Effects of establishment practices on plant biodiversity in planted pine forests

Investigators at North Carolina State University have published a paper titled “Long-term effects of establishment practices on plant communities across
successive rotations in a loblolly pine (Pinus taeda) plantation” [Forest Ecology and Management 260 (2010) 1548–1556]. The authors are S.B. Jeffries, T.R. Wentworth, and H.L. Allen. The abstract follows.

“Implementation of repeated, high-intensity short rotations in forest plantations raises concerns about the effects of such practices on herbaceous layer biodiversity and overall sustainability. To investigate these concerns, we conducted a comparative study of second and third rotation plant communities in a loblolly pine plantation in the Piedmont of North Carolina. The second rotation stand was established in 1960 using conventional practices and was harvested in 1981, leaving two plots in each of three blocks as “historical” plots representing the second rotation.  The third rotation was planted in 1982, and a 2×2 factorial experiment was established within an area that had been complete-tree harvested, using two site preparation (drum-chop versus shear, pile, and disk) and two cultural (vegetation control versus no vegetation control) treatments in each of three blocks. Presence/absence data for vascular plant taxa were collected in the second rotation historical plots at year 22 and also in the third rotation treatment plots at year 18 and analyzed using non-metric multidimensional scaling (NMDS) ordination, indicator species analysis, analysis of species richness, and computation of species turnover. Results indicated overall similarities in the herbaceous layer from year 22 in the second rotation to year 18 in the third rotation, while revealing some key differences in species composition, including persistence of disturbance-responsive species associated with the vegetation control treatment in the third rotation plots. The addition of these species largely accounted for an increase in species richness from the second to the third rotation. Species composition in low intensity third rotation plots (chop, no vegetation control) most closely resembled that of the second rotation plots of similar age. In addition, differences in species composition due to soil and topographic differences within the study persisted through both rotations, while compositional effects of treatments implemented at the beginning of the third rotation diminished with time. We conclude that more intensive silvicultural practices, such as site preparation and vegetation control, reduce initial competition from woody species and thus permit the persistence of early successional species, increasing overall diversity. From the larger perspective of the entire study, the second and third rotation stands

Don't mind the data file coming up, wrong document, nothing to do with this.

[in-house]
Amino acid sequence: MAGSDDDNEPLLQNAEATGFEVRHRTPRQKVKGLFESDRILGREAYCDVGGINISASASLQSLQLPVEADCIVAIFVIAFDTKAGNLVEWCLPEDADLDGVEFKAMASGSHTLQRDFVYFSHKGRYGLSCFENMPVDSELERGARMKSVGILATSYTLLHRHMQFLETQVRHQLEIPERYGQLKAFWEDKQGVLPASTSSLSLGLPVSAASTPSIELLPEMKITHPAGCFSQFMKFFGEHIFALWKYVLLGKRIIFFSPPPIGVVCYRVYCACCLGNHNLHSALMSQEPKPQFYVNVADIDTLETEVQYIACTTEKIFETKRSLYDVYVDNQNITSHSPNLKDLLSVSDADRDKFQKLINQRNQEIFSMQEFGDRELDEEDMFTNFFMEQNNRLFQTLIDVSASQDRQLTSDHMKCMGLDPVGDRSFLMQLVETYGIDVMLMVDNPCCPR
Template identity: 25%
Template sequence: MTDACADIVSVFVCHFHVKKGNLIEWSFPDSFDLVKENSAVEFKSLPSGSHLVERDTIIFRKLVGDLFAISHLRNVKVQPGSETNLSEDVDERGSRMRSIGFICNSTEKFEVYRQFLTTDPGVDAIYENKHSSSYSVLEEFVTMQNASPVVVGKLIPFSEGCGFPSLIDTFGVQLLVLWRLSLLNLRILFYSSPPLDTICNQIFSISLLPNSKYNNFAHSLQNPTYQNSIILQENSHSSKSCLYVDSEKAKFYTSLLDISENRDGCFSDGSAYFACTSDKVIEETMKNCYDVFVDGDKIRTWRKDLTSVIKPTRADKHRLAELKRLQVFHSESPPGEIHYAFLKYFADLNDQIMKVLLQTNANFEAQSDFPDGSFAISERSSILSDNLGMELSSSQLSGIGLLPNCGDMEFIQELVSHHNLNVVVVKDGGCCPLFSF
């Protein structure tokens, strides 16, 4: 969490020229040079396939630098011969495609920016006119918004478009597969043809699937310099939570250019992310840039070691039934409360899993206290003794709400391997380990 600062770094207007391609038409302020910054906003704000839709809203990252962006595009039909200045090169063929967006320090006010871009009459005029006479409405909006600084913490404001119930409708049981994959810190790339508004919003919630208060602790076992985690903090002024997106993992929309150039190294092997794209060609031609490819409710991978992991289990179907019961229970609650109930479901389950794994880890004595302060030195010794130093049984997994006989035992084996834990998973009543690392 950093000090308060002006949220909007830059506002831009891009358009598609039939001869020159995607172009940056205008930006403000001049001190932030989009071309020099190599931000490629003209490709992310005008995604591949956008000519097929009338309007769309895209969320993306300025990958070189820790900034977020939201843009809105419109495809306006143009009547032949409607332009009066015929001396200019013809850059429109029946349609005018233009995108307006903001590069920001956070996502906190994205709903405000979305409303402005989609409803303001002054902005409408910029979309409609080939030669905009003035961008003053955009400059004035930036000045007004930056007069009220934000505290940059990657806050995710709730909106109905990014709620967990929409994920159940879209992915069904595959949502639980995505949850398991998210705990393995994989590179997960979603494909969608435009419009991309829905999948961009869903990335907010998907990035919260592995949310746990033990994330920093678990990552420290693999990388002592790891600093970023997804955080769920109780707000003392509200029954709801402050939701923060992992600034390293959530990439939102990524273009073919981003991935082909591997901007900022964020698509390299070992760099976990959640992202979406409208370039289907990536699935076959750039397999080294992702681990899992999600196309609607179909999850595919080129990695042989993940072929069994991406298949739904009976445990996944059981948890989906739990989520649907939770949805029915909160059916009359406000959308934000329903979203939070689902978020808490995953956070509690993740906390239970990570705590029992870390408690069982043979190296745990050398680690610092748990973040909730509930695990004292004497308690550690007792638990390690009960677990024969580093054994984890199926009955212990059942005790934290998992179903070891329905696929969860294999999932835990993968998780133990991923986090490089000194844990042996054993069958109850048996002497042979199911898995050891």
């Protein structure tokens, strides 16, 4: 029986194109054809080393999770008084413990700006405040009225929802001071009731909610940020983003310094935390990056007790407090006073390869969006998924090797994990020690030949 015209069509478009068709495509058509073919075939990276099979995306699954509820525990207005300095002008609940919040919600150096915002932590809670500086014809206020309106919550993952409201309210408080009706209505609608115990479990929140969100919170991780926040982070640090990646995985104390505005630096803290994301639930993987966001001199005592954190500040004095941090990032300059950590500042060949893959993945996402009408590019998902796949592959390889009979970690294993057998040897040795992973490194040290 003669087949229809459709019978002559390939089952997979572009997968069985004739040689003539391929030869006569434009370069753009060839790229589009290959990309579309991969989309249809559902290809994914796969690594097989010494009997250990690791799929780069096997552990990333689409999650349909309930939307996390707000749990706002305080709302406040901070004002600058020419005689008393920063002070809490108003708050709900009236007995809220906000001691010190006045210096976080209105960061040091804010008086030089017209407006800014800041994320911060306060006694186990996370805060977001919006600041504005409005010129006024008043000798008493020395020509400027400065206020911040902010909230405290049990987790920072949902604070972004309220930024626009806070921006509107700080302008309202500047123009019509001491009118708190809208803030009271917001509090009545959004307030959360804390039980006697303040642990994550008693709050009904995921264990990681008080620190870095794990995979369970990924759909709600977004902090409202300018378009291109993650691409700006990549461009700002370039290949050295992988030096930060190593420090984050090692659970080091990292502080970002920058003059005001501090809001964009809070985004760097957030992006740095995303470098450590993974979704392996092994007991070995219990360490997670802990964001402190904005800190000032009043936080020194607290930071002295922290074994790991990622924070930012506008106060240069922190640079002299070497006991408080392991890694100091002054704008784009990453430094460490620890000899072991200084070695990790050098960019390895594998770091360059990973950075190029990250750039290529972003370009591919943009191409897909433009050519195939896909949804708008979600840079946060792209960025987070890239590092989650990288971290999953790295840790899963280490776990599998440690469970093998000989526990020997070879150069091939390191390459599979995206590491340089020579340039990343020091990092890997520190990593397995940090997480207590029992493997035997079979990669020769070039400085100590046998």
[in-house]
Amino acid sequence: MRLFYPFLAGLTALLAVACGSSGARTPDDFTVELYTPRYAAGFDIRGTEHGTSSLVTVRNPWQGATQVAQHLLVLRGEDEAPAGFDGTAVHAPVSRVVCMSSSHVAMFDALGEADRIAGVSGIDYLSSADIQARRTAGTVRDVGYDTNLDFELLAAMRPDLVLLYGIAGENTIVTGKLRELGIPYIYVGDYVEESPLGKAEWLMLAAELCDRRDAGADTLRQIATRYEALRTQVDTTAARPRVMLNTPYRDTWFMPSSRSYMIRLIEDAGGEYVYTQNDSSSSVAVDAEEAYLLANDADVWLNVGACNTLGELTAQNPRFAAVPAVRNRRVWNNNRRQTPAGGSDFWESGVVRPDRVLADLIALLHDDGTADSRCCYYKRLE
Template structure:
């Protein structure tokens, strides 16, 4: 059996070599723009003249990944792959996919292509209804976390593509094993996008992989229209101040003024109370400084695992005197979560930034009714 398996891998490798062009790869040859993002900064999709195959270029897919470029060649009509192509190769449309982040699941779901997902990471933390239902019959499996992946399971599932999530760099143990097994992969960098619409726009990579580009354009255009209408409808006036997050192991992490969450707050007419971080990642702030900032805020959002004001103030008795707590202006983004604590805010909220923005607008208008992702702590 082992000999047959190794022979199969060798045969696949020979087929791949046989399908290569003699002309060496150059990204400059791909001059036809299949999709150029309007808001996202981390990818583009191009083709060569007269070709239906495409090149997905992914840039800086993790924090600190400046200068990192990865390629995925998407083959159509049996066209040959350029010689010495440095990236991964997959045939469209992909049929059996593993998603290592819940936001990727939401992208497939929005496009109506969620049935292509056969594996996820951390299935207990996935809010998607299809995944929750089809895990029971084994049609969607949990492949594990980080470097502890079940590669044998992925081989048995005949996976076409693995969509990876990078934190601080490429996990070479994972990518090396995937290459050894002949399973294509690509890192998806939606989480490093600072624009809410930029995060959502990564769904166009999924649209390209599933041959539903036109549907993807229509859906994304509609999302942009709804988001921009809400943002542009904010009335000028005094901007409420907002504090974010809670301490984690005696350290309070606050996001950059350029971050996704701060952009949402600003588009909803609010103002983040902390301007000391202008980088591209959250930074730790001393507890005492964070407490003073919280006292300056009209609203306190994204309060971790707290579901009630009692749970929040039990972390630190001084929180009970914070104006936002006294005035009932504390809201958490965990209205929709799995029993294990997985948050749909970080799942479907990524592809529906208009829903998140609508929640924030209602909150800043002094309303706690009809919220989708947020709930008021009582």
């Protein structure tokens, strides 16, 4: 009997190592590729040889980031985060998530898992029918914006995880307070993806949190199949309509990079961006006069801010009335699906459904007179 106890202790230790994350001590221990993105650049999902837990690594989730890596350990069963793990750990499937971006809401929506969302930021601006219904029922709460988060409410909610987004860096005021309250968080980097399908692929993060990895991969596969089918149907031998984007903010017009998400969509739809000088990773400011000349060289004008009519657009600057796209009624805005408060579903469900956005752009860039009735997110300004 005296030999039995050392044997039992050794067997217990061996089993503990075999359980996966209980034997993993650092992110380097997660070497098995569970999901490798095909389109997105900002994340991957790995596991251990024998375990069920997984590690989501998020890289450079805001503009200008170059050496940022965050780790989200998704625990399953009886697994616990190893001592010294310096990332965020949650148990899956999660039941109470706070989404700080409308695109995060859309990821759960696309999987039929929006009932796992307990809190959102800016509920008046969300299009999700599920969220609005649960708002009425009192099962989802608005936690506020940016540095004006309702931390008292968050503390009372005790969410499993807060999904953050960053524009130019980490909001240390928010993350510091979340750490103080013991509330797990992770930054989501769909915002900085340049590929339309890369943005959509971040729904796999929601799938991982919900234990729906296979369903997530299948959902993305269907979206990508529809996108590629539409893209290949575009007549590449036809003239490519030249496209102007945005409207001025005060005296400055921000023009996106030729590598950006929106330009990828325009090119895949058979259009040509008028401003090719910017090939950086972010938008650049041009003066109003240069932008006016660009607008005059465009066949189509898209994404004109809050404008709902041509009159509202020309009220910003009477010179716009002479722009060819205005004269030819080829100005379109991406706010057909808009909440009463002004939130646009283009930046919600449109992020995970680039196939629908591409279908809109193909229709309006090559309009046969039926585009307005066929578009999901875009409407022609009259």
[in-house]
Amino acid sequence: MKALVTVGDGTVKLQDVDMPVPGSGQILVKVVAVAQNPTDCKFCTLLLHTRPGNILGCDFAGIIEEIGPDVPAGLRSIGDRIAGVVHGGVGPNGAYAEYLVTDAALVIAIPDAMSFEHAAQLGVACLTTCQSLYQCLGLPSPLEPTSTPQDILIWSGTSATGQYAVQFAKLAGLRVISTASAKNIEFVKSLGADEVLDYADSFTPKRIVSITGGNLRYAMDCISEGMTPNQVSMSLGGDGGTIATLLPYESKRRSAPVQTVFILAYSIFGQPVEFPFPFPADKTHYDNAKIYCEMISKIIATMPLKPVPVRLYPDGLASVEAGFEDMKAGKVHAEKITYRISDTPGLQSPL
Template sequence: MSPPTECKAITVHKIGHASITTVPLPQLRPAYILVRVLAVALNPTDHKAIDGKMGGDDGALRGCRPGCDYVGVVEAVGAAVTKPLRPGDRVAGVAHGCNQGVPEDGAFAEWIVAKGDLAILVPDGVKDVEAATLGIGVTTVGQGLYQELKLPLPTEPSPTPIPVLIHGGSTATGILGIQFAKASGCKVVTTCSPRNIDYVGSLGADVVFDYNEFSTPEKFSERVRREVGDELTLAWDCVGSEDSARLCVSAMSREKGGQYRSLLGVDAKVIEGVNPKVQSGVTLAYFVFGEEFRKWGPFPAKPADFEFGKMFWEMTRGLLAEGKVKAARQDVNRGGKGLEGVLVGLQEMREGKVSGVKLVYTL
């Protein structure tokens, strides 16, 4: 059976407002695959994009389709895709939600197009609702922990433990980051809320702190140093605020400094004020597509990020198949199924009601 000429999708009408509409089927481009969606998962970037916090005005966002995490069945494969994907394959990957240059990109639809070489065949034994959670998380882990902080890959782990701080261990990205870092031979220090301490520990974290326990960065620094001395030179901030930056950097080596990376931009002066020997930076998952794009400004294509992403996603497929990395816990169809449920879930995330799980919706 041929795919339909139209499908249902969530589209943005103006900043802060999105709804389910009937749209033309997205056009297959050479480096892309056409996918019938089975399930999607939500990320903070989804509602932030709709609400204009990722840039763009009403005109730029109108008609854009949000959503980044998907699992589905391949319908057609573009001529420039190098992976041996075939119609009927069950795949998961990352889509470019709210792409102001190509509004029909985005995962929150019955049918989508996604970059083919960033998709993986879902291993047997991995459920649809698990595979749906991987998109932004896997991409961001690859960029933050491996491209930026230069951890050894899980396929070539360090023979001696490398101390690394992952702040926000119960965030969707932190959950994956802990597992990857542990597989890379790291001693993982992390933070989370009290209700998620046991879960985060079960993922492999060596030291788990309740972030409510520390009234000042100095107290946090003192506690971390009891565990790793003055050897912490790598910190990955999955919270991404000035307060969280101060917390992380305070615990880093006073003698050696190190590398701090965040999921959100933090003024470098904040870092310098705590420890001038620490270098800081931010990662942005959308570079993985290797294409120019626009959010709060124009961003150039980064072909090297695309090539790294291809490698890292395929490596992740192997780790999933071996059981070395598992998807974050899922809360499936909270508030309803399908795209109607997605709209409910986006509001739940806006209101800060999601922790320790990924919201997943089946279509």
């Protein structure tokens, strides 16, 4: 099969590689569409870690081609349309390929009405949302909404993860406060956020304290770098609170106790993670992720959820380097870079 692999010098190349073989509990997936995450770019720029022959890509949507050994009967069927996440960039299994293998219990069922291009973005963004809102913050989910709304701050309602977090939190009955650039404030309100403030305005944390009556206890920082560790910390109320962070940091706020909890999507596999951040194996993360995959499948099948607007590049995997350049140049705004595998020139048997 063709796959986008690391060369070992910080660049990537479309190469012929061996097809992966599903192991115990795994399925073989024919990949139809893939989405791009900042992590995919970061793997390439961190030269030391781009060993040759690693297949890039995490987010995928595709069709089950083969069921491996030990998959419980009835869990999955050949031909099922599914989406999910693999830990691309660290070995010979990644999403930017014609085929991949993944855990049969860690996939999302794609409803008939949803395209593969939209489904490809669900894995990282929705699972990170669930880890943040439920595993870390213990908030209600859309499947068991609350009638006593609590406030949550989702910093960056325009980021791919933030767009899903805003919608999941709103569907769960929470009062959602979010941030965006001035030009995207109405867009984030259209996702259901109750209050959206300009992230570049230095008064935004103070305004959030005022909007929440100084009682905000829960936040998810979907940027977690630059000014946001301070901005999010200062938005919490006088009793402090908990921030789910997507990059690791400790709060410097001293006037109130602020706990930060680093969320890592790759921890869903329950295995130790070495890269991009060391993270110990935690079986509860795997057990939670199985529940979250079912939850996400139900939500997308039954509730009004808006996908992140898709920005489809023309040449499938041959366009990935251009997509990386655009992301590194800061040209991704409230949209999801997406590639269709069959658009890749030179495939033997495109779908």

converged to similar species composition after approximately two decades post-planting despite early treatment-related differences in the third rotation. It remains to be seen whether additional harvests, rotations, and intensive practices will continue to support a functioning understory plant community in these short rotation plantation forests.” 

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